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Worcester Square residents hear of plans to redevelop Northampton Square Complex

Posted by Patrick Rosso  March 29, 2012 10:17 AM

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(Image courtesy Trinity Financial)

A rendering of the the Northampton Square Complex with the new 24-story tower.

Members of the Worcester Square Area Neighborhood Association heard from two developers Tuesday night on their plans for the redevelopment of the Northampton Square Complex.

The site, owned by the Boston Public Health Commission, is currently home to one 29-story tower at 35 Northampton St. and a 12-story tower at 860 Harrison Ave.

The project calls for not only the rehabbing of both of the structures, but also building a 24-story tower on the corner of Northampton and Albany streets.

“It’s in tough shape,” Hank Keating, vice president of design and construction for Trinity Financial, said of the Harrison tower. “The interior is in rough shape and needs complete renovation.”

While units in the current structures are deemed affordable, the new tower to be built atop the parking garage would be "luxury" apartments.

The new tower, which is still in the works, would include nearly 215 luxury apartments consisting of one- and two-bedroom units. The construction cost is estimated to be $85 million, and the total project cost is estimated to be $154 million.

Keating said they expect to begin rehabbing and adding 11 units to 35 Northampton by the end of the year.

Keating also said no adjustments would be made to parking -- the garage on the site can hold up to 539 cars.

While concerns were raised about the ascetics of the towers, many who turned out Tuesday expressed disappointment with the loss of a pool in the South End Fitness Center on Northampton Street, where the new tower would be built.

“It [the pool] is always busy when I go there,” said Neil Gaffery, defending the pool and its importance to the residents who use it.

While Keating said the fitness center would be rebuilt, the pool would not, because of the cost associated with constructing and designing a new one.

Keating, however, said the project would bring plenty of benefits to the community, from the proposed rooftop garden to the amount of affordable housing.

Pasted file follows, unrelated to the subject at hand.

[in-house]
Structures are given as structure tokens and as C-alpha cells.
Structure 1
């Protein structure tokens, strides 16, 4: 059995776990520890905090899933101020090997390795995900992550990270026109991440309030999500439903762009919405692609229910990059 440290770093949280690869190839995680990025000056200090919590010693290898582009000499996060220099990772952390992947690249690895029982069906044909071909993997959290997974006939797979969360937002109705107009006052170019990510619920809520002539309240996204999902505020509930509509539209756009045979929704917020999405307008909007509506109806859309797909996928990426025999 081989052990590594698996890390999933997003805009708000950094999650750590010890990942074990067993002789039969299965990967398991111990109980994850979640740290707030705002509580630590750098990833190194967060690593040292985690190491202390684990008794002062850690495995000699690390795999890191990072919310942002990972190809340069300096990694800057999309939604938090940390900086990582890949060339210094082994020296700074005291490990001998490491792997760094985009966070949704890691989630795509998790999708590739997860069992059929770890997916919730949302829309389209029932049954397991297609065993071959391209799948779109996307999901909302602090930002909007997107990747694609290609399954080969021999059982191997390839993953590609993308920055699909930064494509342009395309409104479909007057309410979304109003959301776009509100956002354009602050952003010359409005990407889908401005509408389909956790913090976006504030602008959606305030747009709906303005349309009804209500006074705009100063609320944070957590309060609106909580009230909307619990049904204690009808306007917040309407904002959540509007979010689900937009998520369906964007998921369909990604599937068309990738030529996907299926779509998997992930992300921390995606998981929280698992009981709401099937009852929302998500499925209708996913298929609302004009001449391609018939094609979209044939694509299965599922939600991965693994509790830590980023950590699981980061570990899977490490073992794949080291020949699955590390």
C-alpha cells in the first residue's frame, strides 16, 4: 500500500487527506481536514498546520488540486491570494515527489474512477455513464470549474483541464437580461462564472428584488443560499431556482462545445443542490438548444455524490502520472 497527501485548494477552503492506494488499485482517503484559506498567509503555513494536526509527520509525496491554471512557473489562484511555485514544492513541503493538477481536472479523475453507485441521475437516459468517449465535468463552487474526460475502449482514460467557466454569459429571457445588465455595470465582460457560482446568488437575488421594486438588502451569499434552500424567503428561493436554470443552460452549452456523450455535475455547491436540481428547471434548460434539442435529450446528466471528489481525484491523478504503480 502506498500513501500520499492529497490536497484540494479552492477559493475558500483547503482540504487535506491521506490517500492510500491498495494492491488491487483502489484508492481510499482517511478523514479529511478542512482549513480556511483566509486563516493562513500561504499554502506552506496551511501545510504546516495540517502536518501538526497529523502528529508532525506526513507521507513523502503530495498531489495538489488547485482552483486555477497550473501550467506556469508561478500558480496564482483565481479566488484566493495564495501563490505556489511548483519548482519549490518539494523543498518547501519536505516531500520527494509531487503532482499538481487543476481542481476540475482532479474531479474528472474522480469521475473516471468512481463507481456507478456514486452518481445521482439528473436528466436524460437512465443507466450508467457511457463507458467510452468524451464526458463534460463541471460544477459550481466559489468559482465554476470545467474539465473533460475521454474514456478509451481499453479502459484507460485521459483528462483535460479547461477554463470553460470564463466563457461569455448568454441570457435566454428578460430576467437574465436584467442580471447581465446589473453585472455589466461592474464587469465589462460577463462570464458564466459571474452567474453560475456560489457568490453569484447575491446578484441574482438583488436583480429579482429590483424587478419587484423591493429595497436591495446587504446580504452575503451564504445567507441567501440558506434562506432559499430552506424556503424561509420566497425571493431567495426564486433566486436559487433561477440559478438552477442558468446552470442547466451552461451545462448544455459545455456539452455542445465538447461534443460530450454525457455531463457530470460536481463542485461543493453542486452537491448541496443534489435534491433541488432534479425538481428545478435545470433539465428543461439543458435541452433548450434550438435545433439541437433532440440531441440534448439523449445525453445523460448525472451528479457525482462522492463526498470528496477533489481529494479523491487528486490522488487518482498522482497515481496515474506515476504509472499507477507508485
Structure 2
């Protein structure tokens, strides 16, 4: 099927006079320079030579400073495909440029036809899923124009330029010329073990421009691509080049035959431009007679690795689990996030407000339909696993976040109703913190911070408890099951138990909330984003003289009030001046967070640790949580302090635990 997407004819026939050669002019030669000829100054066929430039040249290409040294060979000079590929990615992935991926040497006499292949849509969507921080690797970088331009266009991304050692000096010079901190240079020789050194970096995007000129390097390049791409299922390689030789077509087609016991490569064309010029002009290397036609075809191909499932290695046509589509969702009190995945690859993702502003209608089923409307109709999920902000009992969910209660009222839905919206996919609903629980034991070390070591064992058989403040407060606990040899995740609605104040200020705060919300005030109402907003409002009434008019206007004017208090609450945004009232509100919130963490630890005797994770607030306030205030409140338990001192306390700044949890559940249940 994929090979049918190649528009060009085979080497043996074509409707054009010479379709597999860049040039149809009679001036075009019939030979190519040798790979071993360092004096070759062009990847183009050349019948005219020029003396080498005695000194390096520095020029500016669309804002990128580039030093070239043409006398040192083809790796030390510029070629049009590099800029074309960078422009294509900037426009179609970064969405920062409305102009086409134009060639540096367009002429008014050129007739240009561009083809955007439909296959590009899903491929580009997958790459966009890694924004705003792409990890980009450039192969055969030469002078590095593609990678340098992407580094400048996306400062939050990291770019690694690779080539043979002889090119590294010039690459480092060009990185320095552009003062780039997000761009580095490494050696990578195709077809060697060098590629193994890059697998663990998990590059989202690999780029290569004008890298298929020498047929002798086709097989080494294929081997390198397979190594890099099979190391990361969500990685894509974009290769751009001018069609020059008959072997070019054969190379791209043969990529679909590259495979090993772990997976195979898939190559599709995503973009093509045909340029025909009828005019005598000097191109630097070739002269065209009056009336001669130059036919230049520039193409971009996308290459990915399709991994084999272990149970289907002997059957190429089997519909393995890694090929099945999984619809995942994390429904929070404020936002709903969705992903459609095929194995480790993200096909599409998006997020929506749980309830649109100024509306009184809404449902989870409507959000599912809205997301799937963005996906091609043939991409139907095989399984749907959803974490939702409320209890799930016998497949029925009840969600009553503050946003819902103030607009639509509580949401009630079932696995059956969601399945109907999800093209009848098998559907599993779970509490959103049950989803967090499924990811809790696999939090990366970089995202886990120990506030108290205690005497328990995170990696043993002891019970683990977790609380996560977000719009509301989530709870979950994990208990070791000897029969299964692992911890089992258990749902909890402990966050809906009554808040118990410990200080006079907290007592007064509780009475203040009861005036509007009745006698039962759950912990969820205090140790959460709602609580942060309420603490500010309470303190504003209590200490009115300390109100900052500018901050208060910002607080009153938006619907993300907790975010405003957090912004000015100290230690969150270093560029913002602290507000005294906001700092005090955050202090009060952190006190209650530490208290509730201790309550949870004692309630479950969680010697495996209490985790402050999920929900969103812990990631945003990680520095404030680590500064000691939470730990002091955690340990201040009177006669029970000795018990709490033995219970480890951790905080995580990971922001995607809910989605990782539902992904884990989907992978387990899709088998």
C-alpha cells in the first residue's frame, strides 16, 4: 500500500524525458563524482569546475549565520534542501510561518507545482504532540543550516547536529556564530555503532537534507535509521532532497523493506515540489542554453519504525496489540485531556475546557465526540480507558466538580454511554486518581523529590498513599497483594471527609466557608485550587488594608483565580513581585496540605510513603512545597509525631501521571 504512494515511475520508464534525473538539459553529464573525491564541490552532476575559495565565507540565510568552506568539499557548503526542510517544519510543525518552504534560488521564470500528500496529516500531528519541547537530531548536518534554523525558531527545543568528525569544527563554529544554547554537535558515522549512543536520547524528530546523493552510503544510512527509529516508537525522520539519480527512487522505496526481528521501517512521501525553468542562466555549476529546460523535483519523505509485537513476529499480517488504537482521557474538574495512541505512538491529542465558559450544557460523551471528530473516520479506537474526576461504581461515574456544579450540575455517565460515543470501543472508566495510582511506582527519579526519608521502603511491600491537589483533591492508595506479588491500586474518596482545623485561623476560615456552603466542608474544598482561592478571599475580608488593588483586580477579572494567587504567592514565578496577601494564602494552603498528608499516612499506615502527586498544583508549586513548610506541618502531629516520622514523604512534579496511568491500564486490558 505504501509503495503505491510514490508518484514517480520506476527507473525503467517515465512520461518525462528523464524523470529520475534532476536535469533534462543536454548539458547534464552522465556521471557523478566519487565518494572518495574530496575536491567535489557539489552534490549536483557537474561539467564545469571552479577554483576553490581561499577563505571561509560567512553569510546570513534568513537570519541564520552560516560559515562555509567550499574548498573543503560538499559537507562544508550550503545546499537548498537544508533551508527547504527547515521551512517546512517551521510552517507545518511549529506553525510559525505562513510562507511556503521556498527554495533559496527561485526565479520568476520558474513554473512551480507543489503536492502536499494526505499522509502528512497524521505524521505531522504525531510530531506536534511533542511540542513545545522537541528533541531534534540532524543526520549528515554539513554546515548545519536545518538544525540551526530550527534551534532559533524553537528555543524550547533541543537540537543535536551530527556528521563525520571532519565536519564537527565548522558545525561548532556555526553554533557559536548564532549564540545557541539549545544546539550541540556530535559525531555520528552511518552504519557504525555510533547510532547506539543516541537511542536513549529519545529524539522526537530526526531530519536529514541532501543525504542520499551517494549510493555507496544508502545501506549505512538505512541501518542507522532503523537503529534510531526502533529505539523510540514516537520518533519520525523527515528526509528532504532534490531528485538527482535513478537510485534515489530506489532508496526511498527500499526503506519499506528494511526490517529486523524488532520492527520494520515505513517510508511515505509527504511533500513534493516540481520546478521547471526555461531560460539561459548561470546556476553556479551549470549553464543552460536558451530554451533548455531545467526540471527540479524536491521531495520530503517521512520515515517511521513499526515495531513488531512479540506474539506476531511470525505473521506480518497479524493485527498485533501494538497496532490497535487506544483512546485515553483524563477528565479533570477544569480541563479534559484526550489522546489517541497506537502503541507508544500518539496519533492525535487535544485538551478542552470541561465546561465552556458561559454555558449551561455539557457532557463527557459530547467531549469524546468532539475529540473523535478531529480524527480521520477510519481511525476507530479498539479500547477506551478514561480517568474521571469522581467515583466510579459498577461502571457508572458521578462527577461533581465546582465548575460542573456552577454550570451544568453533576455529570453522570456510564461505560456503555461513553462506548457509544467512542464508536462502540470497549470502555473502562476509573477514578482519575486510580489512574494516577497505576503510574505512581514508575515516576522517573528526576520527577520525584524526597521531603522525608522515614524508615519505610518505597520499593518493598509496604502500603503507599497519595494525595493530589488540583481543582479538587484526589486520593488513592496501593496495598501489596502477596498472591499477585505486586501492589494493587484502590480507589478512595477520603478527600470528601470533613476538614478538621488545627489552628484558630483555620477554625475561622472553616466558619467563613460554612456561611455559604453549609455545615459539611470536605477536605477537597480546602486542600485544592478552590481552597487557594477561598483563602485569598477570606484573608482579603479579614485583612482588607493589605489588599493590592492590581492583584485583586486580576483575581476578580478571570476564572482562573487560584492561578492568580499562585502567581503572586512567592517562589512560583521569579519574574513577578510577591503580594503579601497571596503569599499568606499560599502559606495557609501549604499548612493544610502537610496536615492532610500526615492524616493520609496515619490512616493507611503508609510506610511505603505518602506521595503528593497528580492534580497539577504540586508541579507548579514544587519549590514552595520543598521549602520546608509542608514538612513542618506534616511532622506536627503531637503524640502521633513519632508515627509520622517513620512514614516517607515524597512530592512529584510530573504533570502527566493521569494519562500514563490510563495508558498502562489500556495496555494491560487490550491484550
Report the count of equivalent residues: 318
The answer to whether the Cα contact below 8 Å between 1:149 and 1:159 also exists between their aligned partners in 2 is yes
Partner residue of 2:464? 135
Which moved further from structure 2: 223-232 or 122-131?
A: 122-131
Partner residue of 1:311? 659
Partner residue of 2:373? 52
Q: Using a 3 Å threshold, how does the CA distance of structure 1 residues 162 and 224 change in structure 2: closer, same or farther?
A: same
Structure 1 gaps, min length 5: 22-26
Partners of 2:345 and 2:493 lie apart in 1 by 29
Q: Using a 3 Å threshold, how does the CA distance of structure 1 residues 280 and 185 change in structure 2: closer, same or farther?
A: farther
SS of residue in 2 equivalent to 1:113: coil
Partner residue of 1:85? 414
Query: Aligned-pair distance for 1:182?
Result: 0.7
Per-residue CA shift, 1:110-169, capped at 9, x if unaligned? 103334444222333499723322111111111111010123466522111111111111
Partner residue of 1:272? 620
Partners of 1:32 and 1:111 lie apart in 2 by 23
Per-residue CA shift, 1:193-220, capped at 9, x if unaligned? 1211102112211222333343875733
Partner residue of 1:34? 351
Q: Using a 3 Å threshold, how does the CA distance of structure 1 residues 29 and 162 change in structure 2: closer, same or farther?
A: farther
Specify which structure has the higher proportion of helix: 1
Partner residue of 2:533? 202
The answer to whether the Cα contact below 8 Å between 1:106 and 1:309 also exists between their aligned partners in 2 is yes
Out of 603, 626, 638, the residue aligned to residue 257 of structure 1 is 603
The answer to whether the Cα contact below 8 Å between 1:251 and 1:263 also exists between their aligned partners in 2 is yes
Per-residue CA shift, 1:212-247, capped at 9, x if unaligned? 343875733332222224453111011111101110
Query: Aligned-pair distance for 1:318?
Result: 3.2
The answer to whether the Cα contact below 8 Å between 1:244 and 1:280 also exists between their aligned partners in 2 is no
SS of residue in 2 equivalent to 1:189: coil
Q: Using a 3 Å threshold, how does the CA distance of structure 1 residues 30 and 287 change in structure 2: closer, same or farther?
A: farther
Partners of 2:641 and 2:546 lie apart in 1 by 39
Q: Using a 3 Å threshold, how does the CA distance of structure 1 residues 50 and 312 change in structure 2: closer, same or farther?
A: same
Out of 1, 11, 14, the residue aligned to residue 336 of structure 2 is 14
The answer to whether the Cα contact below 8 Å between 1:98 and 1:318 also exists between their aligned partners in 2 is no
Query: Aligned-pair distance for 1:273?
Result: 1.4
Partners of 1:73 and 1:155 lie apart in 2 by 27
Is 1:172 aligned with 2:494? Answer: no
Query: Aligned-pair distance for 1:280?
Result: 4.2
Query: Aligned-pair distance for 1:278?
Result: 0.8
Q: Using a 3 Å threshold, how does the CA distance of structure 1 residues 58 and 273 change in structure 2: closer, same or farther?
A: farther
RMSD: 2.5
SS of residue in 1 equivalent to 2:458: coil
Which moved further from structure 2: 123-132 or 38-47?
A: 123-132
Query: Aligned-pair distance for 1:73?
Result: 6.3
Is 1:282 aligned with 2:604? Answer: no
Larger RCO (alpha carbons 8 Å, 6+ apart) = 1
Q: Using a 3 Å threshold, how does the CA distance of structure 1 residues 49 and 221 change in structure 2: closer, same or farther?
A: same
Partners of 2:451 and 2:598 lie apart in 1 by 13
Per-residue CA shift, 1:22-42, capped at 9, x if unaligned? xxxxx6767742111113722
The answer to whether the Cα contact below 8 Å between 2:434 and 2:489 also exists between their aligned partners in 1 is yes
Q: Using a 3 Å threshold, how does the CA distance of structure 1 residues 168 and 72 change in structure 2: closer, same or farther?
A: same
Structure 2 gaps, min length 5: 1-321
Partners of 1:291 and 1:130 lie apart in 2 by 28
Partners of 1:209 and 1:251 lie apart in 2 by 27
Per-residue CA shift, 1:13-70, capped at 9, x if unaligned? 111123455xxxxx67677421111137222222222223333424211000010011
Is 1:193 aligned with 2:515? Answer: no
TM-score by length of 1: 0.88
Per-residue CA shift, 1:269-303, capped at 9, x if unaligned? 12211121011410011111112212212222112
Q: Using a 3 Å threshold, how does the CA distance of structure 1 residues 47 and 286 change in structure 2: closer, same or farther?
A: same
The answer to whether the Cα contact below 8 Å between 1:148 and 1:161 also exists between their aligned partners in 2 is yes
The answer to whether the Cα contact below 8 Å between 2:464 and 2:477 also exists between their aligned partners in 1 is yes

According to Trinity Financial, once everything is redeveloped and constructed, the site would include close to 64 percent affordable housing.

No formal vote was taken at the meeting to oppose or support the project. Trinity Financial representatives reminded residents that the project still has a long way to go.

The development group is on the verge of submitting Large Project review documents to the Boston Redevelopment Authority and said it will be back before the community before any work takes place.

658 Massachusetts Ave.

Tom Mayloczki and business partner Jason Vickery were also before the Worcester Square Area Neighborhood Association to discuss with residents their redevelopment of 658 Massachusetts Ave.

The structure is currently zoned as a single-family with lodging units. Vickery and Mayloczki would like to completely redo the interior the structure and turn it into a seven-unit “luxury” rental building.

“It has been neglected for a number of years and it is in really poor shape,” said Joseph Hanley, attorney for Mayloczki and Vickery.

The developers would also like to add rear decks, a headhouse, remove the existing gable and replace it with a flat roof.

The structure would have seven units consisting of two-bedrooms on the top floors and a studio and one bedroom on the ground floors.

While there is no parking at the site and Mayloczki and Vickery plan not to add any, they said they will market the units as transit-oriented, even investing in Charlie Cards and ZipCar memberships for renters.

Many residents were receptive to the new work, but concerns were raised about trash and management of the building.

Mayloczki said he would live in the building and help oversee it, and that trash would be stored in a Dumpster in the rear of the building. That seemed to alleviated concerns among residents.

Mayloczki and Vickery said they would like to start construction on the building by the fall and they estimate it should last about six months. However, before they begin any work on the building they must first appear before the city’s Zoning Board of Appeals for a number of variances, including parking and changes to zoning.

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(Patrick D. Rosso/

The structure at 658 Massachusetts Ave. that is proposed to be rehabbed and turned into a seven-unit luxury rental building.


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